In an article by Forrester in 2007 when Apply launched the iPhone and Apple TV predicted that Apple was making a play to be the central hub for the home’s entertainment and communication universe. Of course part of that prediction was the ability of Apple to leverage the Apple TV to bridge the chasm between the computer world and the television. Of course at the time I remember telling my father that the Apple TV would be more important than the iPhone….oops. My reasoning was the following:
For the past 10+ years many electronics and content companies have been waging a quiet battle to become the hub of the household. Companies like Sony and Microsoft went at it via game consoles – check out the last Playstation or XBox and realize how much horse power, memory and wifi access these have and you realize this isn’t your Atari or Coleco Vision from the 1980s.
What about the set top manufacturers? They have added extra memory and wireless access. Even the televisions have become more than simple projectors of images. Companies like Panasonic, Samsung and LG have added on board memory, access to social media sites, access to the web just to name some added functionality. All these players have recognized that while we spend more time on line than watching TV, the television remains the center for the ultimate home entertainment experience. Watching a movie or a tv show on our laptops is great….except when we have a 52 inch LCD High Definition television with surround sound sitting in the room downstairs.
With Apple TV I saw the perfect in for Apple to get their logo and their presence where it is not today – at the television. Couple this with their content management system – iTunes and you have a way to link your computer and your high end television. Now with the rise of the iPhone and iPad you have devices that could very easily communicate, via Apple TV, with your television. Could you envision being able to schedule your recordings via your iPhone or iPad when you are not at home, or pull content from your Apple TV back to your iPad to watch on the bus? How about sending pictures and video that you took from your iPhone right to your television. Or maybe you could do a video conference via your iPhone that is tied to your Apple TV and television. This news of Tivo and Apple TV seems to revive this possibility. Hey maybe Apple should also go out and purchase NetFlix and create an entertainment powerhouse!
Maybe I was somewhat right…just a few years too late!
Happy 14th of July!
When you mention HR (human resources) you rarely think about marketing. Human Resources role revolves around attracting, retaining and overseeing a companies’ labor force. For job seekers they are usually seen as a gate keeper – a hurdle that needs to be overcome to get to the real decision makers that will determine whether or not you will be hired let alone interviewed. Once hired by a company, HR is seen as the department that tells me about my vacation policy, how many personal days I can get and if I need to find talent or get rid of under-performers are the resource you turn to. Human resources is definitely seen as the “A” in SG&A. So why should we worry if our HR department is marketing savvy?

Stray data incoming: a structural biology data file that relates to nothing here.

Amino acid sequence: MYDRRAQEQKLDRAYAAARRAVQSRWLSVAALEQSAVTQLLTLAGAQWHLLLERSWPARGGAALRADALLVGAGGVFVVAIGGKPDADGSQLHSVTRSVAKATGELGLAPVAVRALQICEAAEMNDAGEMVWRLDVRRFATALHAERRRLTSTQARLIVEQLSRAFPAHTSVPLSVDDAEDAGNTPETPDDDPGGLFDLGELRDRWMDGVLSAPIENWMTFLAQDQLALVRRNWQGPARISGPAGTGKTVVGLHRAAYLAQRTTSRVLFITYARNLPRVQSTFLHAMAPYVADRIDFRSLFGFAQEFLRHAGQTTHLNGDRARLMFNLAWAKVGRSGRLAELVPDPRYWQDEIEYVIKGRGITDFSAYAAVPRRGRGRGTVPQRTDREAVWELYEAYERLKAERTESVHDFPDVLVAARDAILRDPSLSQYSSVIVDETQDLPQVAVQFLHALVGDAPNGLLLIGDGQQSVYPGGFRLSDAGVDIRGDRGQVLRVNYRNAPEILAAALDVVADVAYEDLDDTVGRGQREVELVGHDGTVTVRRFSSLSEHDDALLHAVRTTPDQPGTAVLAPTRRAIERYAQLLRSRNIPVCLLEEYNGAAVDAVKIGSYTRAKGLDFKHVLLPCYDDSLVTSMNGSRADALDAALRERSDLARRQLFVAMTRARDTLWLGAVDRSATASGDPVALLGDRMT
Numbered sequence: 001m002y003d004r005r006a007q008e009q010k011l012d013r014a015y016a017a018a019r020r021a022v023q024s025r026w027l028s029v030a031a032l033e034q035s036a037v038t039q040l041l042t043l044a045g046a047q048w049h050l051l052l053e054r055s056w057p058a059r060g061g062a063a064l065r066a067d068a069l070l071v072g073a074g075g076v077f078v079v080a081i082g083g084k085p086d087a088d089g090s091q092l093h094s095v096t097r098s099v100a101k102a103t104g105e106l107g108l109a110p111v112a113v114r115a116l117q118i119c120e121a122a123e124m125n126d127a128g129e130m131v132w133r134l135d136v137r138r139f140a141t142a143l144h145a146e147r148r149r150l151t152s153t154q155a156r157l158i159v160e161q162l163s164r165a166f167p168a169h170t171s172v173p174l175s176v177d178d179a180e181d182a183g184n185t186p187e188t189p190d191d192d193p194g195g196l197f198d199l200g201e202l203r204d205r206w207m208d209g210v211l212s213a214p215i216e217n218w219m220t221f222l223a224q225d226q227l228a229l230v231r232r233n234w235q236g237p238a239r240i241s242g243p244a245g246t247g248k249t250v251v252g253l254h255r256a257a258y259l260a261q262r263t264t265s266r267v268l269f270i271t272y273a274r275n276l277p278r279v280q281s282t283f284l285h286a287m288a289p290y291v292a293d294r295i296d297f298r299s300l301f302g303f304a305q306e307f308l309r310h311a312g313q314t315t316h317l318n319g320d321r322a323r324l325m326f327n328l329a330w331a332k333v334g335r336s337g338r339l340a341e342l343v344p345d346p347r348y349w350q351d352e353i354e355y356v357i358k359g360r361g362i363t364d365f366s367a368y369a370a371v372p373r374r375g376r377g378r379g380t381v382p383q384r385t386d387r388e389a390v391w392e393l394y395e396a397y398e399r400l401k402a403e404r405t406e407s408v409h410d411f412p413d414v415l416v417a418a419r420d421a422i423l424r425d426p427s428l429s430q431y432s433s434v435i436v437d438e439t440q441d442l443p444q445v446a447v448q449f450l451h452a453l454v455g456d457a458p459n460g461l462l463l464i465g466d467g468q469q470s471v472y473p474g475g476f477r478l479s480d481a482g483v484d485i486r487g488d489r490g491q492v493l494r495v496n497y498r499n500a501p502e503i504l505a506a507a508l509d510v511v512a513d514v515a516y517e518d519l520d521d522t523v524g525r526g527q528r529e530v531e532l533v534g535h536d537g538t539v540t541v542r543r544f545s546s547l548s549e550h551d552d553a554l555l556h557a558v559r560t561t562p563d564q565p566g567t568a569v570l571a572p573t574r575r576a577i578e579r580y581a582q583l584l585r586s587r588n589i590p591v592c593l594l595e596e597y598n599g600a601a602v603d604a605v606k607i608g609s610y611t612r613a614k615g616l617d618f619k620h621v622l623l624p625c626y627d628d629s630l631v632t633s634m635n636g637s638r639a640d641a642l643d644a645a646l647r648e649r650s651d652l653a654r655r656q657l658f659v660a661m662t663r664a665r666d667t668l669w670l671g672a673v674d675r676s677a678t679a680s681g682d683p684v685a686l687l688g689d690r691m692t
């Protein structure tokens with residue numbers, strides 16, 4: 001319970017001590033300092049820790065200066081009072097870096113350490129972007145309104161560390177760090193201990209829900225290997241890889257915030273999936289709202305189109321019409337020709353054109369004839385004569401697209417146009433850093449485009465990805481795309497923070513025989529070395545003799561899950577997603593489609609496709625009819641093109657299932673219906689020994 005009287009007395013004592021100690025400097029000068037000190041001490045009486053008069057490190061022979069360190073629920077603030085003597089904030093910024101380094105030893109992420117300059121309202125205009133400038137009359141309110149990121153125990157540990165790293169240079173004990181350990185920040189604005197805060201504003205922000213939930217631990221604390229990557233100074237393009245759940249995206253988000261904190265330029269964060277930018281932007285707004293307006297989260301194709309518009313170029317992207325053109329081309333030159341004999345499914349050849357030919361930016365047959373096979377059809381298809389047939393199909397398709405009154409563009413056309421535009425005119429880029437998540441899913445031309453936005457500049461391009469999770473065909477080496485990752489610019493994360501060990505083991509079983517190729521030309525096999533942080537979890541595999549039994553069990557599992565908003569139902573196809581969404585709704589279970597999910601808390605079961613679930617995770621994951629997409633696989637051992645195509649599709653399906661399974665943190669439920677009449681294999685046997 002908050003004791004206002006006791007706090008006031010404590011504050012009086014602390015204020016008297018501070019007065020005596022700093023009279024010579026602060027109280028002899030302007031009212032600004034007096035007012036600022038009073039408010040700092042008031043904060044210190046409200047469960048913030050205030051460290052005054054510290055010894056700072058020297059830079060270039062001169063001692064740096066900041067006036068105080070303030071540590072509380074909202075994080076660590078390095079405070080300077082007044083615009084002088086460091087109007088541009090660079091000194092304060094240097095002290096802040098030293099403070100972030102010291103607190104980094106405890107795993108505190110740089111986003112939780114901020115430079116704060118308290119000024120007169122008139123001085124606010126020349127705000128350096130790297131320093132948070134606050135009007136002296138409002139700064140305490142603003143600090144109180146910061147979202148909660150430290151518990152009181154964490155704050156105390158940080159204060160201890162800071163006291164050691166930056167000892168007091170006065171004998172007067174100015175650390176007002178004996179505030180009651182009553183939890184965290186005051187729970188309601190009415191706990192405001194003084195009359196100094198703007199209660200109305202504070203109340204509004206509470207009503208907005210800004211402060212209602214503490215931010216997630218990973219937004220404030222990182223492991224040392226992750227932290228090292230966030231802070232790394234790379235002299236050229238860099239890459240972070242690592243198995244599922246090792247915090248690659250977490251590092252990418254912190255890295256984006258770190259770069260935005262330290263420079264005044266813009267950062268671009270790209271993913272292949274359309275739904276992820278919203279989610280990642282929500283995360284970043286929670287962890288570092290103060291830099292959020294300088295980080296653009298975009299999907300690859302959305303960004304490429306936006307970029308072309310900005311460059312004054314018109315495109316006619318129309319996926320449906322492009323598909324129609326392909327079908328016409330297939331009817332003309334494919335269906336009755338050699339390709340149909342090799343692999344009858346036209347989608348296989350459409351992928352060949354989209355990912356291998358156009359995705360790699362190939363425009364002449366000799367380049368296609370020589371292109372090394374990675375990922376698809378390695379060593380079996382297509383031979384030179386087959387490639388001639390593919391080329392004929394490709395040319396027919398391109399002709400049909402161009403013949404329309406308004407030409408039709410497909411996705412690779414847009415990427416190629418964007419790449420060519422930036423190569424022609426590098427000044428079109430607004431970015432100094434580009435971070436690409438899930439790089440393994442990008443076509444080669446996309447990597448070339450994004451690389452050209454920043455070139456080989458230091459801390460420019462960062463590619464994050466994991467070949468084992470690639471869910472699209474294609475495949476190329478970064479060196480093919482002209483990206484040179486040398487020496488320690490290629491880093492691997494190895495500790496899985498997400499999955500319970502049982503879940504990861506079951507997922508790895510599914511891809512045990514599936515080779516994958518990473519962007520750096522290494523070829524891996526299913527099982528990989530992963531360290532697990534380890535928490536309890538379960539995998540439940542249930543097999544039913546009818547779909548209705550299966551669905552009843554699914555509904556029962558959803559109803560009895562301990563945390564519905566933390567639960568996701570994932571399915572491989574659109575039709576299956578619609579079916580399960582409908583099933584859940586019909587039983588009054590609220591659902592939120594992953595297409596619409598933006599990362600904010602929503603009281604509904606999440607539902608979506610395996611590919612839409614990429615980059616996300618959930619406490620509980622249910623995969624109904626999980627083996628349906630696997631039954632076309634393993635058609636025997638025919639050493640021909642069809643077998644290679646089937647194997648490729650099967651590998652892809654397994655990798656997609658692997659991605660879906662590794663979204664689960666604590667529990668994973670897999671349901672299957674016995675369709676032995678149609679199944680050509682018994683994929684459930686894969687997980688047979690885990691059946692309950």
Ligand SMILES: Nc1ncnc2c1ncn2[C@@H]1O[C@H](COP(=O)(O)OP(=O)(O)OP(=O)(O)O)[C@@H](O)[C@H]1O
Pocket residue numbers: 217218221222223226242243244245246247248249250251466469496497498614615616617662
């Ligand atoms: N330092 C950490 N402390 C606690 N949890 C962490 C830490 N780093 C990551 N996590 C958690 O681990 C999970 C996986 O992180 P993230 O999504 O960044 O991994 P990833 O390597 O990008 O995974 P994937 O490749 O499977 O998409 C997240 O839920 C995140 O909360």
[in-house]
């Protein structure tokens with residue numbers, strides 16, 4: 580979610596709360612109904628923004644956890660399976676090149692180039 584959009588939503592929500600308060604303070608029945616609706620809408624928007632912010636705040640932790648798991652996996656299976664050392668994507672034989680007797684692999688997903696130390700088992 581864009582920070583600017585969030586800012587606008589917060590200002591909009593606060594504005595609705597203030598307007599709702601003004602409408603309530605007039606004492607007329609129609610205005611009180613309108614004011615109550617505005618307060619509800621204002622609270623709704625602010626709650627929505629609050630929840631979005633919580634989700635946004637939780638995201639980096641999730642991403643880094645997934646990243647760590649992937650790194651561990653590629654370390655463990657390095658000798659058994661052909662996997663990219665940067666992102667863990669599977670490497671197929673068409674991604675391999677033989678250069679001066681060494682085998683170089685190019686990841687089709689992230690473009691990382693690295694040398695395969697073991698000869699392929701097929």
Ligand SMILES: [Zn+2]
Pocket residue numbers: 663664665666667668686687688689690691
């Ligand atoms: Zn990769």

- Your HR department is the first point of contact for your future leaders. Look around your office, how many of the employees that are on your payroll have not gone through an interview process with HR? Most likely the majority of employees first real point of contact was with someone within the Human Resources department – and they also spent time with this department when accepting a position. Those that did not get a job were most likely told by human resources.
- The way your HR department handles prospects is indicative of how your company operates. If your HR department is not responsive to candidate demands or worse just ignores candidates who have not been selected, how does this reflect on your organization? If your corporation treats potential employees poorly during the process how will they be treated once within your 4 walls.
- HR communicates with potential future customers. Those who are candidates today might become customers tomorrow. Clearly if someone is interviewing for a role within your company they most likely want to be in that industry or are already in the same industry. This means those candidates could find themselves in positions to be your client…
Human resource departments have often times been regarded as important to recruit and retain human assets. However, rarely is the notion that Human Resources are the front line for marketing efforts and have a direct impact on how your business’ brand is viewed by the outside world. Take Ernst&Young and their efforts to leverage social media to reach out to prospective employees. They give their future employees a view into what Ernst& Young is all about from the current employees. Not only does this give future employees a great resource, but it portrays an image of openness and a human side that makes the firm’s image a angle it otherwise does not have.
Corporate leaders should take a look at their HR groups and ensure that the interactions with future employees and clients portrays the company in the right light.